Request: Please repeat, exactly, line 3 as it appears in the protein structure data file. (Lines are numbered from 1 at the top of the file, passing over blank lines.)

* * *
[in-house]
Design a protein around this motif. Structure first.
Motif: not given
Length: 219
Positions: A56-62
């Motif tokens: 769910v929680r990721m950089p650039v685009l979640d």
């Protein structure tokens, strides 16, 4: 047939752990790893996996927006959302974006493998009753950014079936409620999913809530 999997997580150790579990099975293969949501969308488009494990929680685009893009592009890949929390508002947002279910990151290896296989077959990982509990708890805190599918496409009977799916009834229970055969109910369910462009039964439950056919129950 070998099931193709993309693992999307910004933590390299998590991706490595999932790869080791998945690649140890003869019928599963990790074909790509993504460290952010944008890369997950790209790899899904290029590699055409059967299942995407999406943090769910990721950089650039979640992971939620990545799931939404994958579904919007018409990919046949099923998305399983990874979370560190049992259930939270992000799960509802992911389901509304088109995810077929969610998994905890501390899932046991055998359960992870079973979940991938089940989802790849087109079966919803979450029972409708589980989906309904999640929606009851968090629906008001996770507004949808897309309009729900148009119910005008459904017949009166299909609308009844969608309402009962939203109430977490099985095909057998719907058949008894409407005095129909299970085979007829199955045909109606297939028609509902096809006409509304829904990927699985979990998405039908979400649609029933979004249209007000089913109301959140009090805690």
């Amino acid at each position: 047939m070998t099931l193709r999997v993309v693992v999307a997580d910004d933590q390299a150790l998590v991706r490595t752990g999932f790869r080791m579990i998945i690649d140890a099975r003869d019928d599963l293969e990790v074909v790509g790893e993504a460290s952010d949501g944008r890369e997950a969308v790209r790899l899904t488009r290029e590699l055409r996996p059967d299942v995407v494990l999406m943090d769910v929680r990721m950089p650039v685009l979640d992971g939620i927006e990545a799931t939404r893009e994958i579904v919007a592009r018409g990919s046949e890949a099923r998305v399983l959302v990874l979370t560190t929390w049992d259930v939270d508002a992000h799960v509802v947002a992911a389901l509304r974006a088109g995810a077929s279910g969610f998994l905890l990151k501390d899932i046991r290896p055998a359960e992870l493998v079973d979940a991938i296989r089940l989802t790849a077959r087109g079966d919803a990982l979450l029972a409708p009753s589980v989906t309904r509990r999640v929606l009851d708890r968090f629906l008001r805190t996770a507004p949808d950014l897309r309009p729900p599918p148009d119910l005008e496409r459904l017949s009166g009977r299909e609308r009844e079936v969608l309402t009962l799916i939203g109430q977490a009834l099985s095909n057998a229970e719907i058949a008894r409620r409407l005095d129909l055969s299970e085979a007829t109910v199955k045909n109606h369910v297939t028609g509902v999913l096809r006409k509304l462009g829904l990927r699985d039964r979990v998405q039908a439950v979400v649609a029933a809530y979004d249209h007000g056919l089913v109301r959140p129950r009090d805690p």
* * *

Motif: not given